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The Forests of the First State

More than 400 years after European explorers first discovered Delaware, one-third of the State remains forested. Delaware has a long and rich history of timber production that has seen many changes since its initial settlement. A formal forest management policy for Delaware evolved around the turn of the 20th century, culminating with the formation of the State Forestry Department in 1927, driven in large part by a need for wildfire management. Delaware has a unique geographical position, resulting in a unique mix of forest types. Because of its shape, orientation, and location, the State enjoys the benefits of the southernmost range of the eastern hardwood forest type and the northernmost range of the southern pine and hardwood type. Because of the timber type variation in Delaware, a few different management regimes are practiced, each with its own silviculture concerns and management activities. The Delaware Forest Service (DFS) offers financial and technical assistance programs for private landowners, including the regulation of forest activities such as timber harvests and reforestation. The DFS also maintains a robust and ongoing forest health monitoring and management program to deal with potential outbreaks from environmental and humancaused factors. With an eye to the future, the DFS has plans under way for a periodic review and assessment to measure statewide progress in meeting forest management goals and to chart a pathway to healthier and sustainable forests for the 21st century.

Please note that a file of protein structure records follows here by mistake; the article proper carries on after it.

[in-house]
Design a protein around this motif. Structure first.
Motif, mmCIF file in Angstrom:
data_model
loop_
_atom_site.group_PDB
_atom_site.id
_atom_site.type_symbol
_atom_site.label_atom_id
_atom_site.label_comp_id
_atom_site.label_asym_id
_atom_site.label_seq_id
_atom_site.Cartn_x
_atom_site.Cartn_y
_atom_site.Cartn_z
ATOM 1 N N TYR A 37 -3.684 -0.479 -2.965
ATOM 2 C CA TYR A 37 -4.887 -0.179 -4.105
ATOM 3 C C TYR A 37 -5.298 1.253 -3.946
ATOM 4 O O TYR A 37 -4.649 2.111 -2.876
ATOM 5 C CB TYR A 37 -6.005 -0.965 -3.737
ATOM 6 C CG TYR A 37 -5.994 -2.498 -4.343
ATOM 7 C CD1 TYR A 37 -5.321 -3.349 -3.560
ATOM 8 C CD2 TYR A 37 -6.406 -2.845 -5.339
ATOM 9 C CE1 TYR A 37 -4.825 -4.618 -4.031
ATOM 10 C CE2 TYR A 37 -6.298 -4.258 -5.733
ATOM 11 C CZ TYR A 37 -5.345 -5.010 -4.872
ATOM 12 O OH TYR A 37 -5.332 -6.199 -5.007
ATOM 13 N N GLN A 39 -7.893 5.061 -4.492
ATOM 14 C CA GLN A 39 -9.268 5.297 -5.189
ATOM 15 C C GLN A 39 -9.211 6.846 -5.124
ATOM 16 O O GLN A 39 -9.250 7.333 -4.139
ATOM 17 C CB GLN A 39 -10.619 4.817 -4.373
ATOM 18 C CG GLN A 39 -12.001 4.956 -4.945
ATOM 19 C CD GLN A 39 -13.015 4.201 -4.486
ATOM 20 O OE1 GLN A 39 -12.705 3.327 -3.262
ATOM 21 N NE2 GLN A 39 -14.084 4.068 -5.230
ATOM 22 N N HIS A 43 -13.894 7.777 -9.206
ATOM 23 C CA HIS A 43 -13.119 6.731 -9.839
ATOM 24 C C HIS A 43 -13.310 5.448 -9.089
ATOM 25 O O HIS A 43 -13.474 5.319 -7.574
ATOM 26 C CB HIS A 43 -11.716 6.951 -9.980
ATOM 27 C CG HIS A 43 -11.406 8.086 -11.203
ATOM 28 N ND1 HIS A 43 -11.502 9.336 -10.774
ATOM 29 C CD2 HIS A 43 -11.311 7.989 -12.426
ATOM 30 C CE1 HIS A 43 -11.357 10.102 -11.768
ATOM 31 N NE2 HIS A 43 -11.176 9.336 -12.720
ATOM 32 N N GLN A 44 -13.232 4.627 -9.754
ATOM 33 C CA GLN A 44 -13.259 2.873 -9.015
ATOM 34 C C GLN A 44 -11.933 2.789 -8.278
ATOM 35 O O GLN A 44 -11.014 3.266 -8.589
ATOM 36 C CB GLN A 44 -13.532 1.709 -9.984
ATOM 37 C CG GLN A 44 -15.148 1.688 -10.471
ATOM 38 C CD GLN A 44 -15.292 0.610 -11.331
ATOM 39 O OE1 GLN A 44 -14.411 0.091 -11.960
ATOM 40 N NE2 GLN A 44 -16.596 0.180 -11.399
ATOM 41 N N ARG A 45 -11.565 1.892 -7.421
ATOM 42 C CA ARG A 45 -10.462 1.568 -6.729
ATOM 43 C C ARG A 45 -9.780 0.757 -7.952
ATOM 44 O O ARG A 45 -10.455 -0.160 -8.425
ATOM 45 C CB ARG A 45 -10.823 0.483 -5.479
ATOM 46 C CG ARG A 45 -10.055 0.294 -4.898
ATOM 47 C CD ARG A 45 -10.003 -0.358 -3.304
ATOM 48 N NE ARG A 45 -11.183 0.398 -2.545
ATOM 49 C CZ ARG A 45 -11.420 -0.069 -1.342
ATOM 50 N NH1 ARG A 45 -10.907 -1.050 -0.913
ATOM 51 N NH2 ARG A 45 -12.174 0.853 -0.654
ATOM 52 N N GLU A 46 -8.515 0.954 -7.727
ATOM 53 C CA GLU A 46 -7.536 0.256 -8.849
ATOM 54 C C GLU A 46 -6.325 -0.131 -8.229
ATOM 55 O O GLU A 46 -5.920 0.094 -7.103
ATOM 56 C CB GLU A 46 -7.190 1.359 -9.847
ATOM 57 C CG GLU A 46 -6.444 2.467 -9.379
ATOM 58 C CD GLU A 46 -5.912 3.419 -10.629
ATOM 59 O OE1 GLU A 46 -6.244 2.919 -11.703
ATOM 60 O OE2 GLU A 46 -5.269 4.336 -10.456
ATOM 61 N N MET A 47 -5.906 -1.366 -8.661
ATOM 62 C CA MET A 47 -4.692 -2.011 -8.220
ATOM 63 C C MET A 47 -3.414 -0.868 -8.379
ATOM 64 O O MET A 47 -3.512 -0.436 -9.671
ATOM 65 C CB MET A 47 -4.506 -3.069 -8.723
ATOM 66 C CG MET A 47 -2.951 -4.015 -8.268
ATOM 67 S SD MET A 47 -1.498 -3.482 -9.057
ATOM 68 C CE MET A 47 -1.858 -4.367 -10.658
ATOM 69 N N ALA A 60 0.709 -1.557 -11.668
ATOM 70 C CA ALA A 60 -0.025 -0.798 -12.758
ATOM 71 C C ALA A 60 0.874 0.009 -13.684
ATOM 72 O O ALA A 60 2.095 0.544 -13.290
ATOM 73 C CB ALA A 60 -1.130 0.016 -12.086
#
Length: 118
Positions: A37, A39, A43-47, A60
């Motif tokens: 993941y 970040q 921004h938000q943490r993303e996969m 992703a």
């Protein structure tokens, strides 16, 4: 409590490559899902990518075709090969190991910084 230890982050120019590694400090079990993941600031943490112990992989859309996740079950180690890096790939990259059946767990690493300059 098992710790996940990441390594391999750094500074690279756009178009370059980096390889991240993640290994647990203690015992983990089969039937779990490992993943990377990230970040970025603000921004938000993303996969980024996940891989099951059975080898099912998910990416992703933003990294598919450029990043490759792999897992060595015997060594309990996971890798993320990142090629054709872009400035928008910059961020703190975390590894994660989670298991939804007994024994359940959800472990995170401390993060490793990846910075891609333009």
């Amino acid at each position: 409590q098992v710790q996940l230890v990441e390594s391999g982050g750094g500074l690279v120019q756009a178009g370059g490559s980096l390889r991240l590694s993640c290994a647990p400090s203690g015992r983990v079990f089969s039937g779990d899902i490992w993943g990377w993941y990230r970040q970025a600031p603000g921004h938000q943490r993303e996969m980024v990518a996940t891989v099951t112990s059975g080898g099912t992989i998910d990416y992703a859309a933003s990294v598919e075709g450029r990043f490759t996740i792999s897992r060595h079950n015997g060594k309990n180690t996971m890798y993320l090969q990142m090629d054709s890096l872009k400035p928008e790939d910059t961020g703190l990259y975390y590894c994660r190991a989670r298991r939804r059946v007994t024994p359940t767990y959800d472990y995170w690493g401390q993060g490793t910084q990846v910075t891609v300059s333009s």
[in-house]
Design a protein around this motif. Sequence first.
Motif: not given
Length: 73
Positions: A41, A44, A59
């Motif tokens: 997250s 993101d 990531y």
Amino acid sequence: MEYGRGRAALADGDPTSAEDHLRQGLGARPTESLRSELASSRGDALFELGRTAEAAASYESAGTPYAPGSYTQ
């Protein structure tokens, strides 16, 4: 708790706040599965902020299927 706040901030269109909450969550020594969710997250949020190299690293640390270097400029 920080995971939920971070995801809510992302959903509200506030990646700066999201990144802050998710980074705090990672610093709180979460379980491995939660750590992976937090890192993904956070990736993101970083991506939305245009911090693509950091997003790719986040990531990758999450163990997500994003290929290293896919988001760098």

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Author(s): Samual L. Topper

Publication: Tree Planters' Notes - Volume 57, Number 2 (2014)

Volume: 57

Number: 2